Photo by Nick Fewings on Unsplash
There are probably five or six posts swirling in my head about Encanto. Don’t worry—I hate spoilers, so you can keep reading, whether or not you’ve seen it. I have to admit: the trailer didn’t pull me in and I thought it looked a little odd. My sister’s endorsement convinced me I should give it a chance, and I am glad I did.
It doesn’t spoil anything to say that Encanto is about a family that has been given magical gifts. They live in a magical house, and each member of the family has a unique gift that is their own. The problem is … what happens when the gift becomes more important than the family member themselves?
It’s not a bad thing to have talents or proficiencies. The issue is when love for the gifts supersedes love for the individual. Family members become objectified. They become abstractions — you’re the pretty one, you’re the strong one. The family itself becomes an abstraction —- “family” is vital and important, but not family members individually. And that destroys families… not just in movies.
Do I love that person for who they are, or for what they do for me? Do I love him as a human being, or do I love his gifts and abilities? Would I love them if they were broken? Can I love them if they aren’t as perfect or strong as I think they are?
It’s easier to love an abstraction. I can love my neighbor, my church, and even my family as an abstraction or a generalization. But what about as individuals? People who need me, who bother me, who fail me, or who think differently than me?
It’s easier to hate an abstraction, too. If I do not know you individually, if I do not try to love you individually, it is far easier to judge you. I can put people in boxes with labels, until they become not individuals, but abstractions that can be loved or hated. He’s the divorced person. She’s the “Traddie.” You’re the “Trump-er.” He’s the “Never Trump-er.” She’s the divorced person, he’s the failure, she’s the lesbian, he’s the alcoholic.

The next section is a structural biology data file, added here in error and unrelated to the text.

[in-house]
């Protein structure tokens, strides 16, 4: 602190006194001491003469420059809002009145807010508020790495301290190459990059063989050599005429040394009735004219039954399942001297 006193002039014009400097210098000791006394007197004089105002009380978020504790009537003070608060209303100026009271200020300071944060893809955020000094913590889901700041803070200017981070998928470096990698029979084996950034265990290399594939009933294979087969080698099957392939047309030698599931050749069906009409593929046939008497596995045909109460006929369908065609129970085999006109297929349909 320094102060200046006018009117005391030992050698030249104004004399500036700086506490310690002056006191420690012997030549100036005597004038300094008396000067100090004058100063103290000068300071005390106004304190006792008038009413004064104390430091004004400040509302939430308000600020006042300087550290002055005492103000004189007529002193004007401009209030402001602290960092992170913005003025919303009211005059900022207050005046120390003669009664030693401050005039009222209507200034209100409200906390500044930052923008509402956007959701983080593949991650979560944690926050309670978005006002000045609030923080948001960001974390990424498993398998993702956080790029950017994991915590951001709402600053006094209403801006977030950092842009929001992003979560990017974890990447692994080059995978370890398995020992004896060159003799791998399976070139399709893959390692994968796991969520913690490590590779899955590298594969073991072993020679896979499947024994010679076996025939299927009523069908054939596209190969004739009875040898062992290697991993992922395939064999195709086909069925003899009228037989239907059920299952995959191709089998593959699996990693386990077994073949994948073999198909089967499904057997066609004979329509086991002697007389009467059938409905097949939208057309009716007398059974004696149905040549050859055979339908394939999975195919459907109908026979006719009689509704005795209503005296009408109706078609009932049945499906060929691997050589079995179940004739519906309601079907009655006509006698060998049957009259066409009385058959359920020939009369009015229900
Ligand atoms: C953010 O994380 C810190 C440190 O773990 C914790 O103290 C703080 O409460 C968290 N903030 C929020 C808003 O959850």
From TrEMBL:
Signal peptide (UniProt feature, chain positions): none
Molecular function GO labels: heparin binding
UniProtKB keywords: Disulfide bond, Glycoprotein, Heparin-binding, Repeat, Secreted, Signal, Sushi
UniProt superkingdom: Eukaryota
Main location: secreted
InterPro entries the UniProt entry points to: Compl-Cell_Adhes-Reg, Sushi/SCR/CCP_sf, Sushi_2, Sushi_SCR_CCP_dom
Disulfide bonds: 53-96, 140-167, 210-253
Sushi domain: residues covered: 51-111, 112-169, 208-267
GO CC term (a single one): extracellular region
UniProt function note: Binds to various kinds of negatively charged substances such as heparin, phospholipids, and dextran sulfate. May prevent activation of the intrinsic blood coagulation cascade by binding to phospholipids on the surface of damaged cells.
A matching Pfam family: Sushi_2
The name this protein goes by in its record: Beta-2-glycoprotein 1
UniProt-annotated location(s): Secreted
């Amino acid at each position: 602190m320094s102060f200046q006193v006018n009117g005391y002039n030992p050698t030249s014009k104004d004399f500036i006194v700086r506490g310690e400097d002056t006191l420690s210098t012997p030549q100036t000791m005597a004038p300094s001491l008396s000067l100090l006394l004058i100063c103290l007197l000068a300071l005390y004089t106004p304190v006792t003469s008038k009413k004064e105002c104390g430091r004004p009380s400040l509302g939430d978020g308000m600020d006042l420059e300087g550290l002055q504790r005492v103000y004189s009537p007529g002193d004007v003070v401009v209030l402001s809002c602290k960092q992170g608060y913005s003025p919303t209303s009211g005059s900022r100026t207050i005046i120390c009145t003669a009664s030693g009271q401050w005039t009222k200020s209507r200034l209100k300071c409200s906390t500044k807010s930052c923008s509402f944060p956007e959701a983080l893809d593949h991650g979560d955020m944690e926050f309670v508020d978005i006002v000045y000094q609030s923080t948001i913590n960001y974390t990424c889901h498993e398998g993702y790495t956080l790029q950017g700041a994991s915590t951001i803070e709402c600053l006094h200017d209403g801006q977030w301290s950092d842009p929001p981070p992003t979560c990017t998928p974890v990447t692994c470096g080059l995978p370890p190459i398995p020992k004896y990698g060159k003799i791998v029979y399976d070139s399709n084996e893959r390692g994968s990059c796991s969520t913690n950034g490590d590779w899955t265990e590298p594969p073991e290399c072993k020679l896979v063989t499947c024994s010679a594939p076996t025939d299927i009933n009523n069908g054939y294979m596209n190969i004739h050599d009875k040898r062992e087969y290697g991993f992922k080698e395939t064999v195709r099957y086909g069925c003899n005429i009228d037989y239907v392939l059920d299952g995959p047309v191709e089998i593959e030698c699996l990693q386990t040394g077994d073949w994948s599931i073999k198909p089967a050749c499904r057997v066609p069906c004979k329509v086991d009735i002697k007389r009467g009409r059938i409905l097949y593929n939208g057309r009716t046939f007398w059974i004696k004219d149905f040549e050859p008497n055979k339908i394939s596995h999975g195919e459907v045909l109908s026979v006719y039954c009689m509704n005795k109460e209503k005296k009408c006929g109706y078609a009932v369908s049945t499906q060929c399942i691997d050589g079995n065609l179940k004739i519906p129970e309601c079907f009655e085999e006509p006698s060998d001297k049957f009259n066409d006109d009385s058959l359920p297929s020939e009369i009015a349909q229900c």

We do it with sins, with personality types, and with gifts. We do it with vocations and occupations. After awhile, we have separated ourselves from the living, breathing human beings to such an extent that we don’t even notice we are passing judgment, objectifying, and generalizing.
Perhaps we do it to ourselves too. We are grateful and proud of our talents, gifts, and work to such an extent that we forget those things do not define us. Or we are so ashamed of our sins and our past that we forget those things do not define us, either.
You are a child of God. That is who you are. That is what defines you. Not your work, or your talents, or your sins. Father Jacques Phillipe reminds us, “Here is the infinite mercy of God, who calls us not because of our merits but purely out of love.” He points out, “Even before the gift of baptism and the particular callings that can follow from it – to marriage, to the consecrated life, to some apostolate or ministry – just to be a creature of God is already a great and beautiful vocation” (emphasis mine).
Your boss, the person that trolls you on social media, the neighbor that votes differently than you, the relative who is gay, your best friend, the person who sits next to you in church… they are all children of God, too. And while it’s tempting to see them as what they do, how they vote, their sins, idiosyncrasies, or talents… well, perhaps we need to ask God to help us see them the way He does.
As his children.
The protagonist in Encanto is named Mirabel. Mira in Spanish means sight. May we all strive to have the sight of God when it comes to seeing our neighbor, family members, enemies…and ourselves.
“See what kind of love the Father has given to us, that we should be called children of God; and so we are.” (1 John 3:1)